I never thought I’d have a need for 61 mini keys in a USB midi controller, but a very specific use case presented itself to me this year: rehearsals for a musical, held in an improv space’s rehearsal rooms. These were little more than abandoned offices and, crucially, lacked pianos.
Since the performance space had an upright 88-key acoustic piano, I and my co-music director had written 88-key piano parts, using the far ends of the keyboard. It was frustrating for me to try to approximate the music on an Axiom 49 with an octave button. It just didn’t cut it.
After observing where my hands wanted to go as I failed to play the songs a few times, I figured I didn’t even need all 88 keys, just one more octave than the 49. So when I heard the microKEY came in a 61-key format with the same horizontal dimensions as a full-size 49-key board, I snapped one up.
One big thing missing from the microKEY 61, which I knew when I bought it, was a sustain pedal jack. (I’m still not exactly clear what sort of player would want 61 keys without even the option of a sustain pedal.) Luckily, you can find just about anything on the Internet now, and using the instructions in that link I was able to add a sustain pedal jack to my microKEY.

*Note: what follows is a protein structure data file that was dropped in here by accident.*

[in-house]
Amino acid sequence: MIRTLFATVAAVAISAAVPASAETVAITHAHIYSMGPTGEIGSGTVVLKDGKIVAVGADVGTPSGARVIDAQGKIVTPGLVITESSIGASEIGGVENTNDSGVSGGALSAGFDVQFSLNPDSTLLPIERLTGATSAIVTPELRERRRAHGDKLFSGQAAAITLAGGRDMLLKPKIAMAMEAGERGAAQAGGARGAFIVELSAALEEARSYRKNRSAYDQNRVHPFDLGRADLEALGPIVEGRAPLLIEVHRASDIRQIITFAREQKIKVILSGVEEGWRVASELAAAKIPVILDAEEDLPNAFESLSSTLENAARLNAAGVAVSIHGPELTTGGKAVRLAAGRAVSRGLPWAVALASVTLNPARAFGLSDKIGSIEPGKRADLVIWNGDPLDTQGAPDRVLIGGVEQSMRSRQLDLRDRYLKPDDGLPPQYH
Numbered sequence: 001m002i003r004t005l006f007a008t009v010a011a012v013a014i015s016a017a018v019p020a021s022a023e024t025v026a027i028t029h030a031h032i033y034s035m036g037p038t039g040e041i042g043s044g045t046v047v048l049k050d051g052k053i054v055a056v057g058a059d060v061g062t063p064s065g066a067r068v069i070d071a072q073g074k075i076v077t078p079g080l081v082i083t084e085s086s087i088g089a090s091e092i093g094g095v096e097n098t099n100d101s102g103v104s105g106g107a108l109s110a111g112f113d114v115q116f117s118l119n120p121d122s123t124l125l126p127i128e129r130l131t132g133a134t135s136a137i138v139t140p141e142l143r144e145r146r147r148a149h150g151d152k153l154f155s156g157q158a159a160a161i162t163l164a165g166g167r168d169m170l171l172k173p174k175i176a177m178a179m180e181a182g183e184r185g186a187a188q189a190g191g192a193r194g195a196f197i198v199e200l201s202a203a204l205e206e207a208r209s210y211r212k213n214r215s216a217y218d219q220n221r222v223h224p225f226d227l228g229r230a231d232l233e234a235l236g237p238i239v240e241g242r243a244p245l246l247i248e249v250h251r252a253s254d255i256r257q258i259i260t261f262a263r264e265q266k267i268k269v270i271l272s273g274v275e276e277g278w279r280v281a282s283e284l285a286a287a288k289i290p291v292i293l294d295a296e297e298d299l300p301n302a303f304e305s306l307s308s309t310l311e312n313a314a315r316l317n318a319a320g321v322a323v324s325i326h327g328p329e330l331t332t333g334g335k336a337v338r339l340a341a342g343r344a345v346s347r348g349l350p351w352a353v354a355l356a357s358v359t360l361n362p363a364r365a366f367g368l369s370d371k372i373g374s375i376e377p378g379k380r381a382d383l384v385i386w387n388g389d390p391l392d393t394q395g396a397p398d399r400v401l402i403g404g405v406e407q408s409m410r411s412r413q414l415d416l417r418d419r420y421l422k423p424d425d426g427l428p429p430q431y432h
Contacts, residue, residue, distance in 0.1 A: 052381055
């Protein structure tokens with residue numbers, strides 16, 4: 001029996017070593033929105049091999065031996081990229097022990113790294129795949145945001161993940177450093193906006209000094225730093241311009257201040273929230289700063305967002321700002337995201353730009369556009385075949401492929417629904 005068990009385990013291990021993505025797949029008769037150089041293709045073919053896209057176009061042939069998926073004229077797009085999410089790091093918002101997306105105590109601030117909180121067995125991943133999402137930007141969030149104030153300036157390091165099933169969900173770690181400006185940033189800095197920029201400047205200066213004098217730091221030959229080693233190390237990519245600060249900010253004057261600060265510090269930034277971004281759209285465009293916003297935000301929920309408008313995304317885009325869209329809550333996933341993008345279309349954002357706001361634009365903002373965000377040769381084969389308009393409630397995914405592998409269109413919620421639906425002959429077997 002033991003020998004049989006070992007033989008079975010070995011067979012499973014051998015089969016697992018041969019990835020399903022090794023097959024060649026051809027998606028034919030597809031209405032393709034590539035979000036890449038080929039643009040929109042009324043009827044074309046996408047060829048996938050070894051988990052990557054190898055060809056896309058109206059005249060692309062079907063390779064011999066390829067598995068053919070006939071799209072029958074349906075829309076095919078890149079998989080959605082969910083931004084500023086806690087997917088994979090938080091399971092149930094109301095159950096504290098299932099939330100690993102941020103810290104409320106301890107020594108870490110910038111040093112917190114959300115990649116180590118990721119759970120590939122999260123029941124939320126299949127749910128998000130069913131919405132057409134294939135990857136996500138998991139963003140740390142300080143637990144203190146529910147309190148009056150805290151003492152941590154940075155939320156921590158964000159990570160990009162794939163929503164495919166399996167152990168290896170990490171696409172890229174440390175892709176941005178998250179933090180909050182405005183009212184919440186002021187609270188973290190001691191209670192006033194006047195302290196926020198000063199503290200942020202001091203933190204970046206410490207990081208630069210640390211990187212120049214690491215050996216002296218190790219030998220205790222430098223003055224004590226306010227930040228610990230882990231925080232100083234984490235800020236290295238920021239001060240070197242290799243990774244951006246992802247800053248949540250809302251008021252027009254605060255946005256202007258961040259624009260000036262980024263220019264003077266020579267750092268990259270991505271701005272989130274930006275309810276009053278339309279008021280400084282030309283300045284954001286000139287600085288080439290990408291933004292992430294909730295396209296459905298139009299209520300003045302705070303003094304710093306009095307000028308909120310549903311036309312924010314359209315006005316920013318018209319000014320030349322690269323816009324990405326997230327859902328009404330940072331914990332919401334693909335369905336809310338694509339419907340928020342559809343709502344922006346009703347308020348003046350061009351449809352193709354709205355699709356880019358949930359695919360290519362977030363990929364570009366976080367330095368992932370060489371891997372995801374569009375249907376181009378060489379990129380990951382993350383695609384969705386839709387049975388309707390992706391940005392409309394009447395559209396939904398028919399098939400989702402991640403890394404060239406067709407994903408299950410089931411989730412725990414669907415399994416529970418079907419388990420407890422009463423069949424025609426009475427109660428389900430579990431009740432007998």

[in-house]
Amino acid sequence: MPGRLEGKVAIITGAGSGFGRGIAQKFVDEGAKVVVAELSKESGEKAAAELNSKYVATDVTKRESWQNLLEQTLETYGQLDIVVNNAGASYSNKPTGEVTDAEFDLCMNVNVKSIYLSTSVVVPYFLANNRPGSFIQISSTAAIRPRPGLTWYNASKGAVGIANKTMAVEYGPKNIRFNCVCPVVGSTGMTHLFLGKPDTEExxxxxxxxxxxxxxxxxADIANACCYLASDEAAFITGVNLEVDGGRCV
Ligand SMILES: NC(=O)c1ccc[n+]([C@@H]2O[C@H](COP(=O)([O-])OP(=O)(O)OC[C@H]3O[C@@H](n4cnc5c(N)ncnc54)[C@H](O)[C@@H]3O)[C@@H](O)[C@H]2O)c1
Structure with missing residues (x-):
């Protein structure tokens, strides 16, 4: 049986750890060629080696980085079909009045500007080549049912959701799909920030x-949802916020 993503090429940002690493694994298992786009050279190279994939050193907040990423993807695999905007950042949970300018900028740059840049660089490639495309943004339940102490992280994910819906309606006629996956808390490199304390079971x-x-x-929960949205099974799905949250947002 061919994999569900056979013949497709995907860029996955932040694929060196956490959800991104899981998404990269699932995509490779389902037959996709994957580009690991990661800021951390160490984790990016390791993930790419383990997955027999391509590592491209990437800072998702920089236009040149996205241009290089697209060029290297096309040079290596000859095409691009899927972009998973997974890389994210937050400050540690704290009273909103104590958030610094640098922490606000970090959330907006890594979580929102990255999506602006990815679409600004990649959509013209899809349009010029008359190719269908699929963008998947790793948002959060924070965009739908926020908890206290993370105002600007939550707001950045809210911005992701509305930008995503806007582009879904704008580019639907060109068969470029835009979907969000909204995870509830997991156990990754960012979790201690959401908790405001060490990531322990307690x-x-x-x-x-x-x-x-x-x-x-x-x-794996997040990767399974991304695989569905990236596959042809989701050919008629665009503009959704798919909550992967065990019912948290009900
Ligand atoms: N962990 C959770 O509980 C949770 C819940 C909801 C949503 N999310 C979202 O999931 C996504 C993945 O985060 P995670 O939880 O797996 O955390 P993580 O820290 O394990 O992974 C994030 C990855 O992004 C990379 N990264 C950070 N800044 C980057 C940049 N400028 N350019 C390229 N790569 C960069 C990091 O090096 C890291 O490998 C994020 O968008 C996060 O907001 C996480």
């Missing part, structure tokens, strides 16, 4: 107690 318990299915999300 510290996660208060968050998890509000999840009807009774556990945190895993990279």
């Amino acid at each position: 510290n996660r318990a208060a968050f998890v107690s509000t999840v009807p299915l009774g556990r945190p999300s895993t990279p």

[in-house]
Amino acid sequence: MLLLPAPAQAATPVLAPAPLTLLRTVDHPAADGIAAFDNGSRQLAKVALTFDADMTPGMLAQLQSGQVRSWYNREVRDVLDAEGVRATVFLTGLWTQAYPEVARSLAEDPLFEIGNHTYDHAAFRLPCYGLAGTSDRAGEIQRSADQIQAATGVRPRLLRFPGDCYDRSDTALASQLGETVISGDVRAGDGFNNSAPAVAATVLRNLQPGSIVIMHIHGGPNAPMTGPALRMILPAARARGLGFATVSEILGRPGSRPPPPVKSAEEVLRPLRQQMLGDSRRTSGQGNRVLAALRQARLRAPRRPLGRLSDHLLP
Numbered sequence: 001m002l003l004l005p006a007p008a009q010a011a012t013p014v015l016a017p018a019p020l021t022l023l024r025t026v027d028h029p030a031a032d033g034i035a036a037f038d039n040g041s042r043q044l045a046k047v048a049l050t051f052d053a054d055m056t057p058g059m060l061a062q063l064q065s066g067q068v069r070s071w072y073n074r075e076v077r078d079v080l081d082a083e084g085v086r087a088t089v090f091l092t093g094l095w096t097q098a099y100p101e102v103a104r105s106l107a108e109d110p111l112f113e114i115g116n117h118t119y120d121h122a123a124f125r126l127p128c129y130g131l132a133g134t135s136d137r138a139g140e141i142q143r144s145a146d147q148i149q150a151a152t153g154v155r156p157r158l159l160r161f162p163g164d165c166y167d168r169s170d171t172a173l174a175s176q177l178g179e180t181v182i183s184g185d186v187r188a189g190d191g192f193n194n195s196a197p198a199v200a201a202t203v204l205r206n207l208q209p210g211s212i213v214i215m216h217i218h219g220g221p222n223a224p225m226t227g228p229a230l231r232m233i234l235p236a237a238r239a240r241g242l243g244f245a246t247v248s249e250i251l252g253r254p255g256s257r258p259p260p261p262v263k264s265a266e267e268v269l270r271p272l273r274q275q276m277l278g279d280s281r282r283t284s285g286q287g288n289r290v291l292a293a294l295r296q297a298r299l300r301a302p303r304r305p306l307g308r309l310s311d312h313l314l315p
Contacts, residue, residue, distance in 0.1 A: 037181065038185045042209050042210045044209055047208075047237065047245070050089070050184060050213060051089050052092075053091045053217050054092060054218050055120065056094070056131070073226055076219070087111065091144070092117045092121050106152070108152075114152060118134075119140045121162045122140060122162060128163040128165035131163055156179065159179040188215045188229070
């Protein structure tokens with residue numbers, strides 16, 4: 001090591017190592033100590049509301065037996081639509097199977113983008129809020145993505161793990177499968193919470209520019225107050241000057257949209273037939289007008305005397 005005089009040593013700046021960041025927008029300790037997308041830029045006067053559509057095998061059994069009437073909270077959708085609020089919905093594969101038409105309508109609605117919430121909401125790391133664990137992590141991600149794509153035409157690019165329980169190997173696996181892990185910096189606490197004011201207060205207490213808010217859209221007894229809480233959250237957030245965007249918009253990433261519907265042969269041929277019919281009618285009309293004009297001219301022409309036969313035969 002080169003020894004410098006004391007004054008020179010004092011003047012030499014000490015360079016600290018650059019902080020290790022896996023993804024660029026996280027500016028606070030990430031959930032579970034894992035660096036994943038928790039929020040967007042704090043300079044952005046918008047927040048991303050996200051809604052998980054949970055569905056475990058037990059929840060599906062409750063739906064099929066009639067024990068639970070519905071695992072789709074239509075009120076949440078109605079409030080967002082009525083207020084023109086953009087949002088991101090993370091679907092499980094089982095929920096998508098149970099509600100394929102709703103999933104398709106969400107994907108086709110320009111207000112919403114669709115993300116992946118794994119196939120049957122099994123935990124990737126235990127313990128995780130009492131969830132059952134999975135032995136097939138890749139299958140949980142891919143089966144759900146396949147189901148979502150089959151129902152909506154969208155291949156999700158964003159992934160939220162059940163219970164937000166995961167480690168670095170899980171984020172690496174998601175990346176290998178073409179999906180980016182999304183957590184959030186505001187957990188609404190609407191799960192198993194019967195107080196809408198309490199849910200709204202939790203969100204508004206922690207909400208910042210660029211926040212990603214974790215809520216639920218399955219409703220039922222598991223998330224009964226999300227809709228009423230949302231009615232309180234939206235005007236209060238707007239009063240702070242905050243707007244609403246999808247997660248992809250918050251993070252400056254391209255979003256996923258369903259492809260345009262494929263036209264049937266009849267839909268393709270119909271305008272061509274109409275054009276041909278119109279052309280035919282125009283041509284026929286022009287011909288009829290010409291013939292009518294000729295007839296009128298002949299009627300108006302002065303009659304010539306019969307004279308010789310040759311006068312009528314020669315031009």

I only took a few pictures after the bulk of the work was already done, as I preferred to spare everyone some of the more “bumbling stumbling” moments of the process, including guessing too low on where to center the drilling, adding some character-building scratches to the inside and outside, and also buying a guitar-style 1/4″ jack from Radio Shack only to find it was too wide, and having to substitute a panel-mount jack that had been part of a pro-job contact mic I had previously bought.
Since I have a willful block when it comes to comprehending resistors, it was even better when I confirmed that the resistor shown between the new plug and the mod wheel was not necessary.
The biggest problem is having the wires get in the way of the mod wheel, which now must stay at zero, as any non-zero value activates the sustain. After I took these pictures I used some pro methods to secure the wires under right edge of the PCB so they wouldn’t get in the way of those two holes at the bottom, where the pitch and mod wheels rest at their lowest positions.
Party time may now be had!